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Enviromental pollution

Enviromental pollution






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    Enviromental pollution Enviromental pollution Document Transcript

    • ENVIROMENTAL POLLUTION 1 ENVIROMENTAL POLLUTIONPollution, contamination of Earth’s environment with materials that interfere withhuman health, the quality of life, or the natural functioning of ecosystems (livingorganisms and their physical surroundings). Although some environmentalpollution is a result of natural causes such as volcanic eruptions, most is caused byhuman activities. There are two main categories of polluting materials, orpollutants. Biodegradable pollutants are materials, such as sewage, that rapidlydecompose by natural processes. These pollutants become a problem when addedto the environment faster than they can decompose (see Sewage Disposal). Nodegradable pollutants are materials that either do not decompose or decomposeslowly in the natural environment. Once contamination occurs, it is difficult orimpossible to remove these pollutants from the environment.Pollution also has a dramatic effect on natural resources. Ecosystems such asforests, wetlands, coral reefs, and rivers perform many important services forEarth’s environment. They enhance water and air quality, provide habitat forplants and animals, and provide food and medicines. Any or all of these ecosystemfunctions may be impaired or destroyed by pollution. Moreover, because of thecomplex relationships among the many types of organisms and ecosystems,environmental contamination may have far-reaching consequences that are notimmediately obvious or that are difficult to predict. For instance, scientists canonly speculate on some of the potential impacts of the depletion of the ozonelayer, the protective layer in the atmosphere that shields Earth from the Sun’sharmful ultraviolet rays.Another major effect of pollution is the tremendous cost of pollution cleanup andprevention. The global effort to control emissions of carbon dioxide, a gasproduced from the combustion of fossil fuels such as coal or oil, or of otherorganic materials like wood, is one such example. The cost of maintaining annualnational carbon dioxide emissions at 1990 levels is estimated to be 2 percent of thegross domestic product for developed countries..In addition to its effects on the economy, health, and natural resources, pollutionhas social implications. Research has shown that low-income populations andminorities do not receive the same protection from environmental contamination,as do higher-income communities. Toxic waste incinerators, chemical plants, andsolid waste dumps are often located in low-income communities because of a lackof organized, informed community involvement in municipal decision-makingprocesses.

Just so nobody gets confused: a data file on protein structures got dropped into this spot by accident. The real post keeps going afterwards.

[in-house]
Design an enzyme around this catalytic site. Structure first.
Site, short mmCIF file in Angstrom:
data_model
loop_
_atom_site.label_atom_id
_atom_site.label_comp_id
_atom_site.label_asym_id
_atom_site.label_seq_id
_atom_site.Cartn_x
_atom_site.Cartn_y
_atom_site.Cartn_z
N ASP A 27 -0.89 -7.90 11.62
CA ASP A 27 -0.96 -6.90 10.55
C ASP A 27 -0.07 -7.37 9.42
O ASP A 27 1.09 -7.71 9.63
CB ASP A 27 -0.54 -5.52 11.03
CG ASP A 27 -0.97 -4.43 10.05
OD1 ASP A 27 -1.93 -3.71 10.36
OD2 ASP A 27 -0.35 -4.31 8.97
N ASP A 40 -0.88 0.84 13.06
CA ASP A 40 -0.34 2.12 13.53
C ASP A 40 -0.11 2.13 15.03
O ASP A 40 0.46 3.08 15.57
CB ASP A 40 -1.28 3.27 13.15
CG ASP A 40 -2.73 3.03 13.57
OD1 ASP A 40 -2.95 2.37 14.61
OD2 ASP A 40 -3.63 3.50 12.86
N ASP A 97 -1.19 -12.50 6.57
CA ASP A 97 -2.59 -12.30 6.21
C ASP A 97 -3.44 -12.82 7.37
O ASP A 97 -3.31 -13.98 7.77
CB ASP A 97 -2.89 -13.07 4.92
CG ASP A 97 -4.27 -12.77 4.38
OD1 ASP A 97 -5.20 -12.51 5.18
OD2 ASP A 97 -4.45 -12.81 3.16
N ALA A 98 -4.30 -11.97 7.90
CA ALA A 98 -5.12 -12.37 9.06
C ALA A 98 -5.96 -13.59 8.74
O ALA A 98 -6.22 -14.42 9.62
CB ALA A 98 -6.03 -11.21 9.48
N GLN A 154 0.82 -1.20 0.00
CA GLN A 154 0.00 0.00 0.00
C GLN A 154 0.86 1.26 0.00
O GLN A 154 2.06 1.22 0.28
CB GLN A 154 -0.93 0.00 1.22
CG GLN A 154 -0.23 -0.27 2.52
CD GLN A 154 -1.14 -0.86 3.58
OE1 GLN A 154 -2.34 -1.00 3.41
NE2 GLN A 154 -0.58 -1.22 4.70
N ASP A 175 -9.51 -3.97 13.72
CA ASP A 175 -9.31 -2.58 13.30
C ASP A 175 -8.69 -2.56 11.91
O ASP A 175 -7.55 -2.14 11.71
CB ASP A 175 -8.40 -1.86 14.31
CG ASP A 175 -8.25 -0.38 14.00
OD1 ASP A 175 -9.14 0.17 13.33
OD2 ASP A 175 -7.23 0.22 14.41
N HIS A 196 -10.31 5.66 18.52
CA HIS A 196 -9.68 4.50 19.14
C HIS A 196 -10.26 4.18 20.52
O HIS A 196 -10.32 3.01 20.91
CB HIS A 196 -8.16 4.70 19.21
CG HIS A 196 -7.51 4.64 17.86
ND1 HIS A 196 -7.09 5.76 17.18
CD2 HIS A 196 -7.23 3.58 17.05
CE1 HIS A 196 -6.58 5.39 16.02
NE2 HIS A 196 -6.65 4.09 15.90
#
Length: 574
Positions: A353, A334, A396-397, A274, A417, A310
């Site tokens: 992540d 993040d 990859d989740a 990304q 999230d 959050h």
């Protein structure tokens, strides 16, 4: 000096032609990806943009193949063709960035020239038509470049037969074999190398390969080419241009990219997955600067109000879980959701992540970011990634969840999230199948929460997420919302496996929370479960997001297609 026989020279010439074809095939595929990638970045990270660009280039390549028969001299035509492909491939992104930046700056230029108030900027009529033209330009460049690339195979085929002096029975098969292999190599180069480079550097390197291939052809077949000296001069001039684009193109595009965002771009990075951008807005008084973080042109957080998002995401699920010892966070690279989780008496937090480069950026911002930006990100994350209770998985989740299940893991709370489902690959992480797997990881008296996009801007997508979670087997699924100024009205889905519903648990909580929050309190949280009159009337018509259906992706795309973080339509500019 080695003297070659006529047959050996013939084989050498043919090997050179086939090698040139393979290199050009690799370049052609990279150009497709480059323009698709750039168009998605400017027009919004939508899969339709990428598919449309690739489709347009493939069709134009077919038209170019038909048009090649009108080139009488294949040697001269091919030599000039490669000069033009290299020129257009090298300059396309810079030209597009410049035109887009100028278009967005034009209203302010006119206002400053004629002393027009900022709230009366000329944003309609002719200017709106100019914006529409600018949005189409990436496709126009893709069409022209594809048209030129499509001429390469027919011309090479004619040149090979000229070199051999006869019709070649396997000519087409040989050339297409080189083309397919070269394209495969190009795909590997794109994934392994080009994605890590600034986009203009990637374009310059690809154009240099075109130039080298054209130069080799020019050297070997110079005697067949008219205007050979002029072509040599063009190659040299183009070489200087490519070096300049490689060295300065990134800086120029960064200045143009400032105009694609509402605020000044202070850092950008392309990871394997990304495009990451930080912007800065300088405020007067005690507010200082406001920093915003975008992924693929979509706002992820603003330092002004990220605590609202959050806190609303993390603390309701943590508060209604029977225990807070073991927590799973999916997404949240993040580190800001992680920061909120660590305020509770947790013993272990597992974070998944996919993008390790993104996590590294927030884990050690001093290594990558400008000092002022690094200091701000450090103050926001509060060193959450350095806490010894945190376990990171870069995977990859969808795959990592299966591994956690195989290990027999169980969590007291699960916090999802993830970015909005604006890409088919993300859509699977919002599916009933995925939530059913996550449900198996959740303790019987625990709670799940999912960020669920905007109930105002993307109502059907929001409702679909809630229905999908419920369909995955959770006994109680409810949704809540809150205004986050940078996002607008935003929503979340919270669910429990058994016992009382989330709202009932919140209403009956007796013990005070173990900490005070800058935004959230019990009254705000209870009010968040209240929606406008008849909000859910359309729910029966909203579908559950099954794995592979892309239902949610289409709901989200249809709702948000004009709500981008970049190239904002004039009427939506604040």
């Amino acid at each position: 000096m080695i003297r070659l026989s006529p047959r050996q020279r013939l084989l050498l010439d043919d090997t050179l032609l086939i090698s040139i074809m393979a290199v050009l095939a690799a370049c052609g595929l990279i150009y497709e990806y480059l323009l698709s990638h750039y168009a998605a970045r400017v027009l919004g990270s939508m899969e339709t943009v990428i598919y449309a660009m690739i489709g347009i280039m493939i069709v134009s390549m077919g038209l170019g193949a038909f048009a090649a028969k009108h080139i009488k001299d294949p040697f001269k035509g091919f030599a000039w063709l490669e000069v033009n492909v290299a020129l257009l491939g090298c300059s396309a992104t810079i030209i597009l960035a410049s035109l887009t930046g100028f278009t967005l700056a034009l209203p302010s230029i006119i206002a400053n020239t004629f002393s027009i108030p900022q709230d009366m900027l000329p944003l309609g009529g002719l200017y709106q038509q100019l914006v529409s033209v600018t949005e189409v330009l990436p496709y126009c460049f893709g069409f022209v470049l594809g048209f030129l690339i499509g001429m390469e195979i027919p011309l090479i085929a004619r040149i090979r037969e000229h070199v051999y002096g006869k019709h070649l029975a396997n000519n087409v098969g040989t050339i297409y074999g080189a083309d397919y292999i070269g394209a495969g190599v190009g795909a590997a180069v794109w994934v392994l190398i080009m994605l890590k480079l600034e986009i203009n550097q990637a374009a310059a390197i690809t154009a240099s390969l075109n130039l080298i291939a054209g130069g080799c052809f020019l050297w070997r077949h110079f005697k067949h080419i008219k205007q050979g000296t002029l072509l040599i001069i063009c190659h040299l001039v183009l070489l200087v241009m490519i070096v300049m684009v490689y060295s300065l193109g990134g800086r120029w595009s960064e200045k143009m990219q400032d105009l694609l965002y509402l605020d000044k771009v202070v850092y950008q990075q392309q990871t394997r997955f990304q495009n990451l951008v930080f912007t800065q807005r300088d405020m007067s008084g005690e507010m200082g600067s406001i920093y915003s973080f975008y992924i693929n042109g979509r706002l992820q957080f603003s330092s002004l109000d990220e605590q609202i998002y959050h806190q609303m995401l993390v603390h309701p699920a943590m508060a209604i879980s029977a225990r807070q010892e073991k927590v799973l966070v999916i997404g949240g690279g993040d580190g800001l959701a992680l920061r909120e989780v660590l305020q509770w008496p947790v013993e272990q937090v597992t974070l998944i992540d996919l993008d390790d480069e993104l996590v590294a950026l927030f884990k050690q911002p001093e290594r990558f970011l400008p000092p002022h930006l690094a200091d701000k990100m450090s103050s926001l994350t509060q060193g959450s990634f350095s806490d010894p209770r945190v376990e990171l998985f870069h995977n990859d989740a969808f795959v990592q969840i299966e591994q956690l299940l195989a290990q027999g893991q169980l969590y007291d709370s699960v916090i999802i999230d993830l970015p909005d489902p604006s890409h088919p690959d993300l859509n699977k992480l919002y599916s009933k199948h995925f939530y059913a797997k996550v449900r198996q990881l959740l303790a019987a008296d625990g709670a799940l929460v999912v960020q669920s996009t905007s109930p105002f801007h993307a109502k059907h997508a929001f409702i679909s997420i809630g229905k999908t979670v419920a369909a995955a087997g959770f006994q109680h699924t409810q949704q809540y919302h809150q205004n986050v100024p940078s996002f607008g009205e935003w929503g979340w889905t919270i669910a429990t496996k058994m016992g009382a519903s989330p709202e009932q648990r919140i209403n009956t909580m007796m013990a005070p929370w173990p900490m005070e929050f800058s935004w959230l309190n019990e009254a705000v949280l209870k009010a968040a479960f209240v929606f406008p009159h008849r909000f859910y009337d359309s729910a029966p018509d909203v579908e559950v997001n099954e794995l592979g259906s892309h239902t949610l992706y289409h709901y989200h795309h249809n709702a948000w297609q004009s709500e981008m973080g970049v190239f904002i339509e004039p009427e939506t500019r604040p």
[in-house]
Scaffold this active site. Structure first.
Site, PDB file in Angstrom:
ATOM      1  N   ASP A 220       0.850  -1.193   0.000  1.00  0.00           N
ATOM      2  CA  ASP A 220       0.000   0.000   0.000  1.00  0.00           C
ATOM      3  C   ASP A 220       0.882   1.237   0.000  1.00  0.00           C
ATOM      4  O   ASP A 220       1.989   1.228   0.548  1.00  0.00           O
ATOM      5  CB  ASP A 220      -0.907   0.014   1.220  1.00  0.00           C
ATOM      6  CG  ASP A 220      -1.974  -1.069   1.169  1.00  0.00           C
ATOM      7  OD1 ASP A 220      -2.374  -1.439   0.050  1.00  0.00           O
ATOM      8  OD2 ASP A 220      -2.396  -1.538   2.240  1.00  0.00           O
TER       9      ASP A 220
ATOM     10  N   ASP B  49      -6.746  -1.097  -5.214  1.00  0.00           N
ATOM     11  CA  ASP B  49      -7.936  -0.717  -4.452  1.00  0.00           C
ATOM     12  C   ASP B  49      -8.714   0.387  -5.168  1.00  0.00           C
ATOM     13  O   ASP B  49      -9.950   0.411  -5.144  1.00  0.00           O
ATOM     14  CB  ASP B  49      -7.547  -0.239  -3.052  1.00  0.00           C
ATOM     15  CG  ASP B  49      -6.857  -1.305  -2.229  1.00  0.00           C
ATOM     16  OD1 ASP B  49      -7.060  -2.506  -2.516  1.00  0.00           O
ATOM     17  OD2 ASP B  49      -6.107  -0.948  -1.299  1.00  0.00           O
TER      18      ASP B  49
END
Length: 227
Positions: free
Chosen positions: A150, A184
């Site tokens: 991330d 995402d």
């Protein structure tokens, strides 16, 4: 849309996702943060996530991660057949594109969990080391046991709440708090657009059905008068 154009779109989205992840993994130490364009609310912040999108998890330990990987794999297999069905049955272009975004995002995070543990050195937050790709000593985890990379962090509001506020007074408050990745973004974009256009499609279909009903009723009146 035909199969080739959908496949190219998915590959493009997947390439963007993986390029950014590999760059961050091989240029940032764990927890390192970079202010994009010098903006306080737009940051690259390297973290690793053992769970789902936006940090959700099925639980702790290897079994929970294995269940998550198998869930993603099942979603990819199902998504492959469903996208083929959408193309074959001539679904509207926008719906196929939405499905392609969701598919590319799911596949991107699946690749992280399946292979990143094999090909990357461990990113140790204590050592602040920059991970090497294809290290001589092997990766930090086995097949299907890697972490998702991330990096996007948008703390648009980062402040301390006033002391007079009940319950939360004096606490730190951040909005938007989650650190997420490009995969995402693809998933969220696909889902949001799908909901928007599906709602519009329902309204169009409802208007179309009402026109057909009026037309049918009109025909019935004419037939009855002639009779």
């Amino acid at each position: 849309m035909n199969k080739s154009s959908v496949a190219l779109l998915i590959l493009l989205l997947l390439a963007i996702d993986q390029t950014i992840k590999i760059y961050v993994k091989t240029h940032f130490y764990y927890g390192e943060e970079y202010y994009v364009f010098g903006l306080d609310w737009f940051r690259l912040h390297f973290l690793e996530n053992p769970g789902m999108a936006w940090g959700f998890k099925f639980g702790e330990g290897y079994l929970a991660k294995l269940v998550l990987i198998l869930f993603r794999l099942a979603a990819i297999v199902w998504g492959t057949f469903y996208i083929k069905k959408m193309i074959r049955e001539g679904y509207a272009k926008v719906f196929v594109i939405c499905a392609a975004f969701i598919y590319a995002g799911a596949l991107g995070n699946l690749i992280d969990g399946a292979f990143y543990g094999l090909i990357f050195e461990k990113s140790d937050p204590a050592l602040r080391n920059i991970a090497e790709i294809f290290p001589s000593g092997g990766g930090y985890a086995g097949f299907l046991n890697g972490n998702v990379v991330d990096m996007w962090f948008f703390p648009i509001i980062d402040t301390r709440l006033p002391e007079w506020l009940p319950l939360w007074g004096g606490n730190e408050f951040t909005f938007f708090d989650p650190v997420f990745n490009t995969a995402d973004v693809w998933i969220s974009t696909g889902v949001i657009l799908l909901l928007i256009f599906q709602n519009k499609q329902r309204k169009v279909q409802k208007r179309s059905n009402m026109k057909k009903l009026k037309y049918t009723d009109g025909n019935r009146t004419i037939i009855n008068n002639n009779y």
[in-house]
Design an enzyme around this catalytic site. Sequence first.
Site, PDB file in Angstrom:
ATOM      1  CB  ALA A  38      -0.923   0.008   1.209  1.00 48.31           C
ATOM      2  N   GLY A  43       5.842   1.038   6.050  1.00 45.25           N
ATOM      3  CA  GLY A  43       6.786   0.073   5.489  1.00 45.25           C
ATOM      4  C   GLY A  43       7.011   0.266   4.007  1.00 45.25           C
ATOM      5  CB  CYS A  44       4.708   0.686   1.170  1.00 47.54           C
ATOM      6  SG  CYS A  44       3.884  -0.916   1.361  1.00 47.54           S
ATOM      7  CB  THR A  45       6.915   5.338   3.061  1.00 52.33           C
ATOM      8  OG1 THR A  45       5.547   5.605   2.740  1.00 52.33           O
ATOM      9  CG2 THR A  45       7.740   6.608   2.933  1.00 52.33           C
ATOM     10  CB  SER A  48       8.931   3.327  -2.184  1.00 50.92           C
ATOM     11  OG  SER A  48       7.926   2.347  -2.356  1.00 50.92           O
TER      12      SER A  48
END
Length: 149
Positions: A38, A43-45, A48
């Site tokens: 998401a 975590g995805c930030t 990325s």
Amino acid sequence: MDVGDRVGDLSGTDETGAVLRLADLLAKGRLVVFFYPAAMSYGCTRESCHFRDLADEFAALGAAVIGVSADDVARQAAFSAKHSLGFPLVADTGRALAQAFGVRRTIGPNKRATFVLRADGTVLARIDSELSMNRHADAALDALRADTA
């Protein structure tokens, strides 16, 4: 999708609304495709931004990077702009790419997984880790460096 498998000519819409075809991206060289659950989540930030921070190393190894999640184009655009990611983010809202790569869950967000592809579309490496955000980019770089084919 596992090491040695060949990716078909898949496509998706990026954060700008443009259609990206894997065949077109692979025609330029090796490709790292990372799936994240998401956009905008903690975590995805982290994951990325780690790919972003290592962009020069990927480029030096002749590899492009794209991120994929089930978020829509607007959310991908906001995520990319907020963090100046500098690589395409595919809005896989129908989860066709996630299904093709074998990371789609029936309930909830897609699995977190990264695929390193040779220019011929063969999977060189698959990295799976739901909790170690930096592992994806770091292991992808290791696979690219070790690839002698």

• ENVIROMENTAL POLLUTION 2 TYPES OF POLLUTIONPollution exists in many forms and affects many different aspects of Earth’senvironment. Point-source pollution comes from specific, localized, andidentifiable sources, such as sewage pipelines or industrial smokestacks. No point-source pollution comes from dispersed or uncontained sources, such ascontaminated water runoff from urban areas or automobile emissions.The effects of these pollutants may be immediate or delayed. Primary effects ofpollution occur immediately after contamination occurs, such as the death ofmarine plants and wildlife after an oil spill at sea. Secondary effects may bedelayed or may persist in the environment into the future, perhaps going unnoticedfor many years. DDT, a no degradable compound, seldom poisons birdsimmediately, but gradually accumulates in their bodies. Birds with highconcentrations of this pesticide lay thin-shelled eggs that fail to hatch or producedeformed offspring. These secondary effects, publicized by Rachel Carson in her1962 book, Silent Spring, threatened the survival of species such as the bald eagleand peregrine falcon, and aroused public concern over the hidden effects of nodegradable chemical compounds. Air PollutionHuman contamination of Earth’s atmosphere can take many forms and has existedsince humans first began to use fire for agriculture, heating, and cooking. Duringthe Industrial Revolution of the 18th and 19th centuries, however, air pollutionbecame a major problem. As early as 1661 British author and founding member ofthe British Royal Society John Evelyn reported of London in his treatiseFumifugium, “… the weary Traveler, at many Miles distance, sooner smells, thansees the City to which he repairs. This is that pernicious Smoke which follies allher Glory, super inducing a sooty Crust or Fur upon all that it lights.”Urban air pollution is commonly known as smog. The dark London smog thatEvelyn wrote of is generally a smoky mixture of carbon monoxide and organiccompounds from incomplete combustion (burning) of fossil fuels such as coal, andsulfur dioxide from impurities in the fuels. As the smog ages and reacts withoxygen, organic and sulfuric acids condense as droplets, increasing the haze.Smog developed into a major health hazard by the 20th century. In 1948, 19